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Design considerations of reconfigurable antennas using MEMS switches Ativanichayaphong, Thermpon 2011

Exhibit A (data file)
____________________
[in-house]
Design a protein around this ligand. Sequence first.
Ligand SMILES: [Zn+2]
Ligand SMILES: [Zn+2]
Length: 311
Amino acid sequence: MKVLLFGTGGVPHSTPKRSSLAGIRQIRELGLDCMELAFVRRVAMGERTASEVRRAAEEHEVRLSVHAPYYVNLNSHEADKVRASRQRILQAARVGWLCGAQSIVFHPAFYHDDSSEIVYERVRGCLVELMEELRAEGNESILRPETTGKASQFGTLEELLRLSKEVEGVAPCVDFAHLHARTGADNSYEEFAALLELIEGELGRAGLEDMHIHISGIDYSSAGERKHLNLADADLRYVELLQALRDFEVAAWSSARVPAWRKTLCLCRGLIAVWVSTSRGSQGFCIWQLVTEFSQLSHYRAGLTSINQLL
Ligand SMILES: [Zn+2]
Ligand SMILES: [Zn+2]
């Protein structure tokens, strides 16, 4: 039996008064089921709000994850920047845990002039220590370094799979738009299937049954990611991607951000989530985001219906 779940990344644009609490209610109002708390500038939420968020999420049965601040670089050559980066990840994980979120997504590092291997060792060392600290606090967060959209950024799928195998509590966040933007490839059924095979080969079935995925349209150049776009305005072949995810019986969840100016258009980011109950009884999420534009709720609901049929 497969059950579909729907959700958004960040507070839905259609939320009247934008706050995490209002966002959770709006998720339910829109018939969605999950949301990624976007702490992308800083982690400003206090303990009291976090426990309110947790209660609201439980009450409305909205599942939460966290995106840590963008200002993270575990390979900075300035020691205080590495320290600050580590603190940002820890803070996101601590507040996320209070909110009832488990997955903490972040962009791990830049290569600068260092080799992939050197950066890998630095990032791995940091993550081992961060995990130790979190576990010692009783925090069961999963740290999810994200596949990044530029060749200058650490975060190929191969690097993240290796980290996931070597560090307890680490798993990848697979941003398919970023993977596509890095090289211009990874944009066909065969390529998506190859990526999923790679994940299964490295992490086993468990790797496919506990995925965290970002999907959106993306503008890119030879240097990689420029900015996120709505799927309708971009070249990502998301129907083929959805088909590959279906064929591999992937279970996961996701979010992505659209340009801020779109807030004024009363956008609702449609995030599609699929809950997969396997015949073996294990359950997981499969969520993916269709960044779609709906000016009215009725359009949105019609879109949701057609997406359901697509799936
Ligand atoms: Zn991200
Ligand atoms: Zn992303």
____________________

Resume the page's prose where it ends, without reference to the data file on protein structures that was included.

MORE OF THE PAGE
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 Design Considerations of Reconfigurable Antennas using MEMS Switches  Thermpon Ativanichayaphong, Ying Cai, Jianqun Wang, Mu Chiao* and J.-C. Chiao Department of Electrical Engineering, University of Texas at Arlington, USA * Department of Mechanical Engineering, University of British Columbia, Canada txa5056@exchange.uta.edu   ABSTRACT  In this paper, reconfigurable antenna design consideration is discussed. The antenna design constrains are base on the use of radio frequency microelectromechanical system (RF MEMS) switches. The design consideration includes practical issues in using the switches to either change the antenna feeding networks or change the antenna topologies. In the first design, a coplanar waveguide (CPW)-to-microstripline transition technique is used to integrate the small switches onto the antenna feeding networks to achieve beam steering. In the second design, the switches are used to change the antenna ground plane topology to achieve frequency switching. Both antennas are modeled using our Finite-Difference Time- Domain (FDTD) simulator. The beam steering antenna will be capable of more than 60° scanning angles and the frequency switching antenna can operate at 2.4GHz and 5.8 GHz for WLAN applications.  Keywords: reconfigurable antennas, MEMS, RF MEMS, beam steering, smart antennas  1. INTORDUCTION  Recently, many efforts have been carried out making antennas reconfigurable to improve performance and flexibility of wireless systems for applications such as high-capacity dynamic mobile communications, smart tracking systems and reconfigurable sensor networks. RF MEMS becomes one of the most promising RF switch technologies for this purpose over PIN diode and GaAs switches because of its low insertion loss, low power consumption and potentially low manufacturing costs. Thus, there is a great need in the antenna designs to accommodate RF MEMS uses. Currently, there are few commercial MEMS switches available in the market. Some of them are made by Teravicta [1], Radant MEMS [2] and Dowkey Microwave [3]. In general, as shown in Fig. 1, the overall size of the packaged switches is less than 5 mm with pad sizes less than 0.5 mm in diameter.  With limited commercial availability, they are not directly suitable for many antenna applications, either by putting them onto the antenna-radiating elements or in the feeding structures, because of the size and impedance mismatch. The antenna is designed to radiate electromagnetic waves efficiently, and therefore, the area of radiating element has certain sizes that may not be in the similar scales with the MEMS devices. The same situation is applied to the feeding structure as well, where the feeding line dimensions and impedance may not match with the switches.             Figure 1. A possible package of RF MEMS switches. Package RF or Ground pad  Ø < 0.5 mm < 5 mm Microelectronics: Design, Technology, and Packaging II, edited by Alex J. Hariz, Proc. of SPIE Vol. 6035, 60351Y, (2006) · 0277-786X/06/$15 · doi: 10.1117/12.639015 Proc. of SPIE Vol. 6035  60351Y-1 Downloaded from SPIE Digital Library on 01 Nov 2011 to Terms of Use:  http://spiedl.org/terms   In the past, many reconfigurable antenna designs using RF MEMS switches have been proposed. However, due to the lack of commercially available MEMS switches, some designers [4-7] utilized the open or short circuit of a copper strip to emulate the ON or OFF status in the MEMS structures. In practical sense, the conductor in the antenna is usually much larger than the metal width in the MEMS switch. The transmission line impedance in the MEMS switch might not match with that of the antenna. Also for the same reason, if a MEMS switch is used in feeding networks, a transmission line transition technique is needed. Ideally, if RF MEMS devices are used, the performance of the antenna should not depend on the size of the devices or impedance dependent.  2. RECONFIGURABLE BEAM STEERING ANTENNAS  Phased-array antennas with phase shifters are a common means to achieve beam steering. A slot feed antenna array is used to demonstrate the beam steering capability. We design a 2-patch array antenna, as shown in Fig. 2, composing of 2 layers of Rogers RO4003C (εr = 3.38) 813-µm thick substrate, and 3 copper layers with a thickness of 35 µm each. The top layer has 2 patches of 15×15 mm and they couple the fields to the slots below. The slots isolate radiation interference from the feeding network to the patch antennas. The slots in the middle layer are 1.5×7 mm, and they are 1.75 mm from the edge of the patch to match the impedance of the patches and the feeding lines.   Figure 2. Slot feed patch array antenna array.  Most of the commercially available MEMS switches are designed to have a 50-Ω impedance. The transmission line connected to the switch should have a characteristic impedance of 50 Ω as well. Therefore, the feeding line on the bottom layer is chosen to be 1.8 mm wide microstripline, which has an impedance of 50 Ω. The spacing between the patches is design to be one wavelength, which is 29.5 mm at 5 GHz. The total size of the antenna is 6.3×5.6cm2.  With in-phase feeding to the slot feed antennas, the beam direction of the array is perpendicular to the substrate (0°). To achieve beam steering, MEMS switches are used to reconfigure the delay feeding line between the patches. The packaged MEMS switches have contact pads of less than 0.5 mm width, much smaller than the 1.8-mm width of the microstrip feeding line, it is difficult to attach the switches onto the feeding line directly. Both sizes and impedance transition between these 2 elements need to be considered. One of the transmission line architecture that can achieve a 50-Ω impedance with such a small size is the coplanar waveguide (CPW). The CPW-to-microstrip transition [8, 9] is thus used to match the feeding line and the switch.  2.1. CPW to microstrip transition A typical CPW-to-microstrip transition structure is shown in Fig. 3. The ground plane continues from under the microstripline to under the CPW line, and it becomes a conductor back CPW (CPWG). The characteristic impedance of the CPWG can be considered as two characteristic impedances of CPW and microstripline [8, 9] in parallel. A two-step Patch Substrate1 Substrate2 Ground plane Slot Feeding line Proc. of SPIE Vol. 6035  60351Y-2 Downloaded from SPIE Digital Library on 01 Nov 2011 to Terms of Use:  http://spiedl.org/terms —St 'I   CPWG is designed with a center conductor width of 500 µm and 500-µm ground spacing in the first section, where the MEMS switch will be connected. The second section has a center conductor of 800 µm, and a ground spacing of 2.55 mm, which connects to a 1.8-mm wide microstrip feeding line. Both sections of CPWG achieve 50-Ω impedance and the junction reflection is minimized. The 50-Ω-1.8-mm wide feeding line is then transformed to a 50-Ω-500-µm one that is physically compatible to connect to the MEMS switch. The same technique can be used with any size of the switches.                 Figure 3. The CPW-to-microstrip transition.  2.2. MEMS switch phase shifter The delay line architecture is used to realize phase shifting by changing the path length in the feeding line. The switch functionality is emulated by shorting or opening the center conductor of the CPWG. Three beam steering conditions are simulated with FDTD with three delay paths, as shown in Fig. 4. The switching between paths can be carried out by two single-pole-three-throw (SP3T) switches. The feeding line is designed to give the best performance for the center path, which results in a total length of 5.1 cm. The performance of the antenna is shown in Fig. 5. In Fig. 5 (a), the s11 is lower than –30 dB when the antenna operates with the switch connecting the center path. However the s11 degrades to about -6 dB when the switch feeds the lower path. This is mainly due to the total length in the feeding line does not match the resonant length at the 5 GHz. To improve s11, we reduce the length of the feeding line by 2.5 mm to change the reactance. The s11 improves to about -15 dB, as shown in Fig. 5(b). Therefore, in a reconfigurable antenna using the similar delay lines, one extra switch is needed to adjust the total length of the feeding line in order to reach better performance.  The E-plane radiation patterns of the antenna are shown in Fig. 6. The beam peaks are at 0°, -30°and +30°. The scanning ability of the antenna array is 60° with three delay paths.               (a)    (b)          (c)  Figure 4. Feeding line with CPW-to-microstrip transition. (a) Center path. (b) Upper path. (c) Lower path.  Microstripline section CPWG section 1.8-mm feeding line 1.5-mm  S1=500 µm W1=500 µm  S2=2.55 mm  W2=800 µm Proc. of SPIE Vol. 6035  60351Y-3 Downloaded from SPIE Digital Library on 01 Nov 2011 to Terms of Use:  http://spiedl.org/terms  -40 -30 -20 -10 0 3.5 4.0 4.5 5.0 5.5 6.0 6.5 7.0 Frequency, GHz S 11 , d B upper lower center -20 -15 -10 -5 0 4.0 4.5 5.0 5.5 6.0 Frequency, GHz S 11 , d B original 2.5mm shorter                (a)        (b) Figure 5. Reflection coefficient s11 of the antenna with the feeding lines in Fig. 4. (a) When operating with different paths and (b) the improvement of s11 by reducing the length of feeding line in lower path.                 (a)                            (b)  Figure 6. Radiation patterns of the antenna in (a) a polar plot and (b) a dB plot.  3. FREQUENCY RECONFIGURABLE ANTENNAS  Frequency switching is another potential application of the reconfigurable antenna. Using RF MEMS switches on a transmission line faces issues and consideration in both size and impedance mismatch. Due to the lack of standardized MEMS packages, the entire system dimensions needs to be redesigned for different switches. For different antenna or feeding line dimensions, antenna resonant frequencies and patterns vary. Instead of using the switch on the signal path, we proposed to use the switch on the ground plane to avoid changing the feeding line dimensions directly. In this case, the change in the switch (or package) dimensions will not affect the antenna performance.  We design a CPW feed slot dipole antenna operated at 2.4 GHz as shown in Fig. 7. The substrate is RO4003C with εr = 3.38 and a 813-µm thickness. The CPW feed is chosen to be 50 Ω with the dimensions of W1=3mm and S1=300 µm, which fits to a typical SMA connector. The CPW dimension is expanded to W2=6.4 mm, S2=640 µm with g=460 µm and l=1.95 mm to feed the slot of 4.18 mm x 4.01 cm. Fig. 7(a) shows the position of switches s1, s2 and s3. Two switches (s1, s2) are put in the slot to vary the slot length and operating frequency. Another switch (s3) is placed near the center conductor to extend the ground plane and adjust the impedance of the feeding line to match the slot impedance at center, x upper, ● lower   1   2   3 30 -150 60 -120 90 -90 120 -60 150 -30 180 0 -40 -30 -20 -10 0 10 20 -180 -150 -120 -90 -60 -30 0 30 60 90 120 150 180 Angle, degree Ra di at io n,  d B center upper lower Proc. of SPIE Vol. 6035  60351Y-4 Downloaded from SPIE Digital Library on 01 Nov 2011 to Terms of Use:  http://spiedl.org/terms  different configurations. The switches are emulated by a metal connection with a 500-µm width in the ON state. The OFF state is emulated by a 400-µm gap. When s1, s2 are OFF, and s3 is ON, the slot length is 4.01 cm and the antenna operates at 2.4GHz. When s1, s2 are ON, and s3 is OFF, the slot length reduces to 1.68 cm, and the antenna operating frequency increases to 5.8 GHz. Fig. 7(b) and (c) show the antenna structure when operating at 2.4 GHz and 5.8 GHz, respectively. The simulation results of s11 are shown in Fig. 8 where the reflections are less than -15 dB in both cases. The radiation patterns are shown in Fig. 9. The patterns do not vary significantly with different operating frequencies.                       Figure 7. Configurations for the reconfigurable antenna. (a) Physical layout. (b) When operating at 2.4GHz and (c) when operating at 5.8 GHz.  We reduce the width of the MEMS switch from 500 µm to 250 µm to investigate the effects of MEMS device dimensions in our designs. The results in Fig. 10(a) show that the operating frequencies for the conductor width of 250 µm is about 200MHz or 3.5% lower than that of the 500-µm wide switch. Fig. 10(b) shows that there is almost no change in the antenna radiation pattern. This means the size of the switch has relatively little effect on the antenna performance.  -25 -20 -15 -10 -5 0 1.0 1.5 2.0 2.5 3.0 3.5 4.0 Frequency, GHz S 11 ,  d B -25 -20 -15 -10 -5 0 4.0 4.5 5.0 5.5 6.0 6.5 7.0 7.5 Frequency, GHz S 11 , d B          (a)             (b)  Figure 8. Reflection coefficient s11 results of the frequency reconfigurable antenna (a) at 2.4 GHz and (b) 5.8 GHz configurations.  (c) (b)  s1  s2  s3  (a)  Slot W1 S1 S2 W2 g l Proc. of SPIE Vol. 6035  60351Y-5 Downloaded from SPIE Digital Library on 01 Nov 2011 to Terms of Use:  http://spiedl.org/terms    -30   -20   -10   0   10 30 -150 60 -120 90 -90 120 -60 150 -30 180 0   -30   -20   -10   0   10 30 -150 60 -120 90 -90 120 -60 150 -30 180 0   (a)               (b)  Figure 9. Radiation patterns of the frequency reconfigurable antenna (a) at 2.4 GHz and (b) at 5.8 GHz configurations. -25 -20 -15 -10 -5 0 4.0 4.5 5.0 5.5 6.0 6.5 7.0 7.5 Frequency, GHz S 11 , d B   -30   -20   -10   0   10 30 -150 60 -120 90 -90 120 -60 150 -30 180 0              (a)                   (b)  Figure 10. Effect of the conductor width in the emulated switch when changed from 500 µm to 250 µm at 5.8 GHz. (a) s11 result and (b) radiation patterns.  4. MEMS SWITCHES  We designed and fabricated a bi-layer curled MEMS switch [10] that is suitable for our antenna designs. The switch structures compose of a movable cantilever and a fixed electrode. The cantilever is fabricated by 2 materials with different thermal expansion coefficients. After annealing, the residue stress in the materials pulls the cantilever up and provides the OFF state as shown in Fig. 11(a). By applying a DC voltage between the switch and the electrode, the switch will be pulled down by electrostatic forces, as shown in Fig. 11(b), and results in the ON state. Fig. 12 shows a photo of our switches fabricated by surface micromachining processes. The switch has a 1.5-µm thick silicon and a 0.5- µm thick metal. The bottom electrode is a layer of conductive polysilicon. The size of the switches is 300×1500 µm, which is a compatible size to be placed on the slot antenna to change the operating frequency. We will be investigating the integration issues of the MEMS switches on our antenna designs.   × H-Plane, ● E-Plane × H-Plane, ● E-Plane × H-Plane, ● E-Plane Proc. of SPIE Vol. 6035  60351Y-6 Downloaded from SPIE Digital Library on 01 Nov 2011 to Terms of Use:  http://spiedl.org/terms             (a)               (b)  Figure 11. Operation of a bi-layer curled MEMS switch. (a) OFF state and (b) ON state.     Figure 12. A photograph of the fabricated MEMS switches.  5. CONCLUSIONS  In this paper, we investigated the practical issues in using RF MEMS switch on the antenna structures. In the design of beam steering antennas, the size and the impedance issues can be accomplished by our CPW-to-microstrip transition technique. The simulation results show good matching at 5 GHz for all configurations of beam steering antenna with ±30° scanning. In our design for frequency reconfigurable antenna, the antenna performance does not depend on the switch size. The antenna can operate at 2.4 GHz and 5.8 GHz with s11 less than -15dB for both states. We designed and fabricated the bi-layer curled MEMS switches for the antenna. The preliminary results show that the DC voltage to pull the switch down is about 12 V. For the future work, the switches will be integrated onto the antennas.  REFERENCES  1. http://www.teravicta.com/ 2. http://www.radantmems.com/ 3. http://www.dowkey.com/ 4. G.H. Huff, J. Feng, S. Zhang, and J.T. Bernhard, “A novel radiation pattern and frequency reconfigurable single turn square spiral microstrip antenna,” IEEE Microwave and Wireless Components Letters, Vol. 13, Issue 2, pp. 57-59, Feb. 2003. 5. S. Zhang, G.H. Huff, J. Feng, and J.T. Bernhard, “A pattern reconfigurable microstrip parasitic array,” IEEE Antennas and Propagation, Vol. 52, Issue 10, pp. 2773–2776, Oct. 2004. 6. W.H. Weedon, W.J. Payne, and G.M. Rebeiz, “MEMS-switched reconfigurable antennas,” IEEE Antennas and Propagation Society International Symposium, Vol. 3, pp. 654–657, July 2001. 1st layer 2nd layer Post Electrode Contact Proc. of SPIE Vol. 6035  60351Y-7 Downloaded from SPIE Digital Library on 01 Nov 2011 to Terms of Use:  http://spiedl.org/terms  7. S. Onat, L. Alatan, and S. Demir, “Design of triple-band reconfigurable microstrip antenna employing RF-MEMS switches,” IEEE Antennas and Propagation Society International Symposium, Vol. 2, pp. 1812–1815, June 2004. 8. A.M.E. Safwata, K.A. Zaki, W. 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Hsu, “CPW-fed folded-slot antenna for 5.8 GHz RFID tags,” Electronics Letters, Vol. 40, Issue 24, pp. 1516 – 1517, Nov. 2004. Proc. of SPIE Vol. 6035  60351Y-8 Downloaded from SPIE Digital Library on 01 Nov 2011 to Terms of Use:  http://spiedl.org/terms